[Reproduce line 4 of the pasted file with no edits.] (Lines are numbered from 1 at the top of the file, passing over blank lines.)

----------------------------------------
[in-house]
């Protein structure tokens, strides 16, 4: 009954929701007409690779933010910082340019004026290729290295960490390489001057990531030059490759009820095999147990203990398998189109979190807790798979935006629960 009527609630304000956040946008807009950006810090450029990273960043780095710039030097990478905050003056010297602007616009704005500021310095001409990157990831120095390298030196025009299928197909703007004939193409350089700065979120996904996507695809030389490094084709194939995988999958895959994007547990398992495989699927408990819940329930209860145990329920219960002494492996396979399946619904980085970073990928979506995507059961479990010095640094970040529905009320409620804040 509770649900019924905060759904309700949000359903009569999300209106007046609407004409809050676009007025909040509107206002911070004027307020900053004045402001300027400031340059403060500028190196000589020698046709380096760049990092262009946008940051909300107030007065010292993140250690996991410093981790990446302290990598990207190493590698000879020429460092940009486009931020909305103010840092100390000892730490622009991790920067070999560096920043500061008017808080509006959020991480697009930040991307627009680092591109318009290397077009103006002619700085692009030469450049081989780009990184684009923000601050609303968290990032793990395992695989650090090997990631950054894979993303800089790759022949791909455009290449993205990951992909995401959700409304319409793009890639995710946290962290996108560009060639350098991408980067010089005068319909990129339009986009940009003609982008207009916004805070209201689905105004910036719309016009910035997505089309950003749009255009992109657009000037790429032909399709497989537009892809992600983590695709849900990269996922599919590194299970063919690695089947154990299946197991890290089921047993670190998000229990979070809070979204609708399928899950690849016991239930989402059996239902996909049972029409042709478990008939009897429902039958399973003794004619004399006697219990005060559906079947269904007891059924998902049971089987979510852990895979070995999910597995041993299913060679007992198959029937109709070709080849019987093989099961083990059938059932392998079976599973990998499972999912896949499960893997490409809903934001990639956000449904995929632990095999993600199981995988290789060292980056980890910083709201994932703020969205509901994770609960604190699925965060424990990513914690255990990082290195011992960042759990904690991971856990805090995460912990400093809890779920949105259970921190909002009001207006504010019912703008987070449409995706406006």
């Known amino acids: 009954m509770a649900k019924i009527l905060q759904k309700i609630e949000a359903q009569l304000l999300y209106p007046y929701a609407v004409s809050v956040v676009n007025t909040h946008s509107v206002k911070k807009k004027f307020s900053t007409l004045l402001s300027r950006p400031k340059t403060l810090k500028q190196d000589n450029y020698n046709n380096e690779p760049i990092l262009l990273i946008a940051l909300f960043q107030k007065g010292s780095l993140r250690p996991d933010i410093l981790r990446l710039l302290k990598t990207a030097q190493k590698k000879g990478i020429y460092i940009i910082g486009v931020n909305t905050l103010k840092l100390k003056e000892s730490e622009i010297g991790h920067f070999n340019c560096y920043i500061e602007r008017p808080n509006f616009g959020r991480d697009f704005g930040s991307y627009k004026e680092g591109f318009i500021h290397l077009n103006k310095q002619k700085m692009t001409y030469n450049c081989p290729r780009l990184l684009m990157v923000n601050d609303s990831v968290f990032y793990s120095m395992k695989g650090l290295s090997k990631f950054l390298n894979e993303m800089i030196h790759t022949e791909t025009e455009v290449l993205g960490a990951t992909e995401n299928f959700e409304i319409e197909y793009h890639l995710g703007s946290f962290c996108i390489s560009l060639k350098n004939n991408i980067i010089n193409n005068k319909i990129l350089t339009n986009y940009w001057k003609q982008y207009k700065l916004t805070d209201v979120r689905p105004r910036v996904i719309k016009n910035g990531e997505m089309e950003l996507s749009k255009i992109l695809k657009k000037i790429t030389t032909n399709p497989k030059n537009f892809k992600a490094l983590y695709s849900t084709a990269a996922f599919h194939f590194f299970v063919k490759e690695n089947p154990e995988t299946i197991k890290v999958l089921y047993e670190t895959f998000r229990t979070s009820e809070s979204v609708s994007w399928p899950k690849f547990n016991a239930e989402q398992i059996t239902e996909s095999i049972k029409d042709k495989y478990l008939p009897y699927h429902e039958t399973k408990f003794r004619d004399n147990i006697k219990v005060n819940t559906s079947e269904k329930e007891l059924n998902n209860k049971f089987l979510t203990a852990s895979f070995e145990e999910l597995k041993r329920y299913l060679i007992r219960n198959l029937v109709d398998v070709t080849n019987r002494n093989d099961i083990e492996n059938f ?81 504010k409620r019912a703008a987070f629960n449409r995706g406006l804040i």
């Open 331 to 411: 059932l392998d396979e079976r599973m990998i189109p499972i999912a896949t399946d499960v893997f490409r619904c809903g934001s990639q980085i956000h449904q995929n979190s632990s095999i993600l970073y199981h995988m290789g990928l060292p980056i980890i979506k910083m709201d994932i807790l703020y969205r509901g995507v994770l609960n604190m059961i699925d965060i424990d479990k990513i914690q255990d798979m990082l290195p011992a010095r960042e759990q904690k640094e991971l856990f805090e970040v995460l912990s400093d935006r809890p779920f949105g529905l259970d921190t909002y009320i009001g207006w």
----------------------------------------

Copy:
């Open 331 to 411: 059932l392998d396979e079976r599973m990998i189109p499972i999912a896949t399946d499960v893997f490409r619904c809903g934001s990639q980085i956000h449904q995929n979190s632990s095999i993600l970073y199981h995988m290789g990928l060292p980056i980890i979506k910083m709201d994932i807790l703020y969205r509901g995507v994770l609960n604190m059961i699925d965060i424990d479990k990513i914690q255990d798979m990082l290195p011992a010095r960042e759990q904690k640094e991971l856990f805090e970040v995460l912990s400093d935006r809890p779920f949105g529905l259970d921190t909002y009320i009001g207006w």